Rishi Sunak vows new talks after chaos hits most schools

Rishi Sunak promised new talks with unions after a series of coordinated strikes that led to the closure of schools and the halting of rail services on Wednesday.

The Prime Minister’s official spokesman said the government had already had some “constructive” talks with union leaders, but needed to “balance” their demands with “the need to be fair to taxpayers.”

His comments came as strikes by members of the National Education Union (NEU) led to the partial or full closure of more than half (54 percent) of schools in England, according to data from the Department for Education (DfE).

Around half a million public sector workers went on strike in the most significant day of industrial action in a decade.

Based on data submitted to the DfE by 77 percent of public schools in England, 45.9 percent were estimated to be fully open, 44.7 percent open but with restricted attendance and 9.3 percent they were closed during teachers’ strikes.

The strike came after talks with Education Secretary Gillian Keegan on Monday failed to find a solution to a dispute over wages. The NEU has demanded a pay increase above inflation, alleging that years of real pay cuts and a lack of investment have left the industry struggling to retain teachers and provide quality teaching.

Kevin Courtney, NEU’s assistant general secretary, said he believes “more than 200,000” members organized strikes on Wednesday, adding that the strike has been “really effective.”

Reacting to the strikes, Downing Street said: “As we have seen from the IMF this week, inflation is one of the biggest risks to people’s pay packages and the government will continue to take responsible steps to ensure public sector workers receive a fair wage.” but that is also affordable for the taxpayer”.

Some schools closed their doors to all students due to the strike, while others opened for vulnerable students and children of critical workers.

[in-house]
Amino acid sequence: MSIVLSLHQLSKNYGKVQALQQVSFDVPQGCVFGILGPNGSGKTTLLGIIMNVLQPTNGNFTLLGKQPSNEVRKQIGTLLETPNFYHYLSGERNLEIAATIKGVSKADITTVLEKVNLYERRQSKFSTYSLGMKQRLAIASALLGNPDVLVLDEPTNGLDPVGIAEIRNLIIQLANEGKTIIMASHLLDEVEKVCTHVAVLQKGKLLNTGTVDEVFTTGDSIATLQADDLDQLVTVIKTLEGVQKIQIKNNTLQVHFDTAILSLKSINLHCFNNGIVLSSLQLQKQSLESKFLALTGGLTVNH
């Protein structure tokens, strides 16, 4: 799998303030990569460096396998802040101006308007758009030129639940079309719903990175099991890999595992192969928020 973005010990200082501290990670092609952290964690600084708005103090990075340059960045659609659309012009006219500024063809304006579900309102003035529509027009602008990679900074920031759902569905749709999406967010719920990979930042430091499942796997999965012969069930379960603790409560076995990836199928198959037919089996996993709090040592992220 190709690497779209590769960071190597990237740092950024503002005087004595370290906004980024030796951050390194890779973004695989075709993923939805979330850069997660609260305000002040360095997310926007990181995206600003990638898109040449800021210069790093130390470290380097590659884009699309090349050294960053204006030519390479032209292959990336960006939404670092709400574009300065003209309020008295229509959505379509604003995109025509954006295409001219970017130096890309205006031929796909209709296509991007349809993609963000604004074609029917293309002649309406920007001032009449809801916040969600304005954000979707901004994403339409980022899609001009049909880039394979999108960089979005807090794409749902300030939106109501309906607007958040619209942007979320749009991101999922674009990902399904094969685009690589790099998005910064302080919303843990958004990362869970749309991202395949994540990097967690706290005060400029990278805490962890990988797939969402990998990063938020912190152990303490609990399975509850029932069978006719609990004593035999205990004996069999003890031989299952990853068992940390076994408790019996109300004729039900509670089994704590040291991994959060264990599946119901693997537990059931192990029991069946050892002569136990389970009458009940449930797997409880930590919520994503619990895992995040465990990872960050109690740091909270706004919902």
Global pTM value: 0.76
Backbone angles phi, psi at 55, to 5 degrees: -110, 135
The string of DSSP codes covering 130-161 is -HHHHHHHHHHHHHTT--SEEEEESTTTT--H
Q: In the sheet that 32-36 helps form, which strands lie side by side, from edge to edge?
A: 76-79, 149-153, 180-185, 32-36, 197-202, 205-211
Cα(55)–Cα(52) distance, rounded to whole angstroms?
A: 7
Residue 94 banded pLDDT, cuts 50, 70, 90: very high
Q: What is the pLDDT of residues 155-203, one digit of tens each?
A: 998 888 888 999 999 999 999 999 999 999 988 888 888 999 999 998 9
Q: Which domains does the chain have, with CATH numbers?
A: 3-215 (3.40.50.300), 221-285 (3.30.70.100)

Many schools partially opened to students, with priority exam year groups.

A separate survey by the Association of School and College Leaders (ASCL), of 948 head teachers in England and Wales, mainly in secondary schools, found that 97 per cent said teachers were on strike at their workplace.

Among the 920 surveyed sixth-grade schools and colleges where teachers were on strike, 80 percent said they were partially open with some students on site and 9 percent said they were fully closed during strikes.

Ms Keegan said on Wednesday: “One school closure is too much and it remains deeply disappointing that NEU has proceeded with this disruptive action, but many teachers, principals and support staff have shown that the education and well-being of children they should always come first.

“Discussions with unions are ongoing and I will continue discussions on wages, workload, hiring and retention, and more.”

Meanwhile, a separate industrial action by the Rail, Maritime and Transport (RMT) union and Aslef saw the cancellation of most train services throughout Wednesday. A new strike will take place on Friday.

Network Rail (NR) said it had made a “recently revised” offer to RMT, which the union said it would consider in the coming days.

NR said the new elements of the offer included an increase in London allowances for those currently on, or transitioning to, different contracts.

Bus services in London were also affected by the strike, as around 1,900 Unite members walked out, with strikes also expected on Thursday and Friday.

The TUC also staged a series of protests against the government’s controversial plans for a new law on minimum service levels during strikes. Thousands marched on Downing Street and gathered in demonstrations in other towns and cities to protest what unions have called the “anti-strike” bill. It would require minimum levels of service from ambulance personnel, firefighters and railway workers during strikes.

Elsewhere, up to 100,000 members of the Public and Commercial Services (PCS) union organized a strike at government departments, the Border Force, museums and other government agencies.

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